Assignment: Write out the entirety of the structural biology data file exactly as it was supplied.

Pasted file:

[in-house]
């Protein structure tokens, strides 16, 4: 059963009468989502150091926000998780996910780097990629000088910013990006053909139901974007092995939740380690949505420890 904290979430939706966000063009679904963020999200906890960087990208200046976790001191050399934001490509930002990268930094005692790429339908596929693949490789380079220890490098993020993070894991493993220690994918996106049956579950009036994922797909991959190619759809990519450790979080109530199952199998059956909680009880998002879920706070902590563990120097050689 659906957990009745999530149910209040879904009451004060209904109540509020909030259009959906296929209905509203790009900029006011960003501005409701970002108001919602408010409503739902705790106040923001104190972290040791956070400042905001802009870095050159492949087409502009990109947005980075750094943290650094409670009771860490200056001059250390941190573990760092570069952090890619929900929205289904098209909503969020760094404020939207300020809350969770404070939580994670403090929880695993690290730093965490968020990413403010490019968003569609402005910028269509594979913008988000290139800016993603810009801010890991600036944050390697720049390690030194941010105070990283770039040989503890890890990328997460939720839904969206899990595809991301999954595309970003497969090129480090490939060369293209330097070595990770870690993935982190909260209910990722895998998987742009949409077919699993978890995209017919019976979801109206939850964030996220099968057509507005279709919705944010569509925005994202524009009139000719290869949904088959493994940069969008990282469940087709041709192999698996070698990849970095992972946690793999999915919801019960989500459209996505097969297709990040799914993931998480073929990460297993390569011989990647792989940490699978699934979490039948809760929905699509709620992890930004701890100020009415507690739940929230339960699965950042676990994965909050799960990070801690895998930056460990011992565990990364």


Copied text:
[in-house]
């Protein structure tokens, strides 16, 4: 059963009468989502150091926000998780996910780097990629000088910013990006053909139901974007092995939740380690949505420890 904290979430939706966000063009679904963020999200906890960087990208200046976790001191050399934001490509930002990268930094005692790429339908596929693949490789380079220890490098993020993070894991493993220690994918996106049956579950009036994922797909991959190619759809990519450790979080109530199952199998059956909680009880998002879920706070902590563990120097050689 659906957990009745999530149910209040879904009451004060209904109540509020909030259009959906296929209905509203790009900029006011960003501005409701970002108001919602408010409503739902705790106040923001104190972290040791956070400042905001802009870095050159492949087409502009990109947005980075750094943290650094409670009771860490200056001059250390941190573990760092570069952090890619929900929205289904098209909503969020760094404020939207300020809350969770404070939580994670403090929880695993690290730093965490968020990413403010490019968003569609402005910028269509594979913008988000290139800016993603810009801010890991600036944050390697720049390690030194941010105070990283770039040989503890890890990328997460939720839904969206899990595809991301999954595309970003497969090129480090490939060369293209330097070595990770870690993935982190909260209910990722895998998987742009949409077919699993978890995209017919019976979801109206939850964030996220099968057509507005279709919705944010569509925005994202524009009139000719290869949904088959493994940069969008990282469940087709041709192999698996070698990849970095992972946690793999999915919801019960989500459209996505097969297709990040799914993931998480073929990460297993390569011989990647792989940490699978699934979490039948809760929905699509709620992890930004701890100020009415507690739940929230339960699965950042676990994965909050799960990070801690895998930056460990011992565990990364």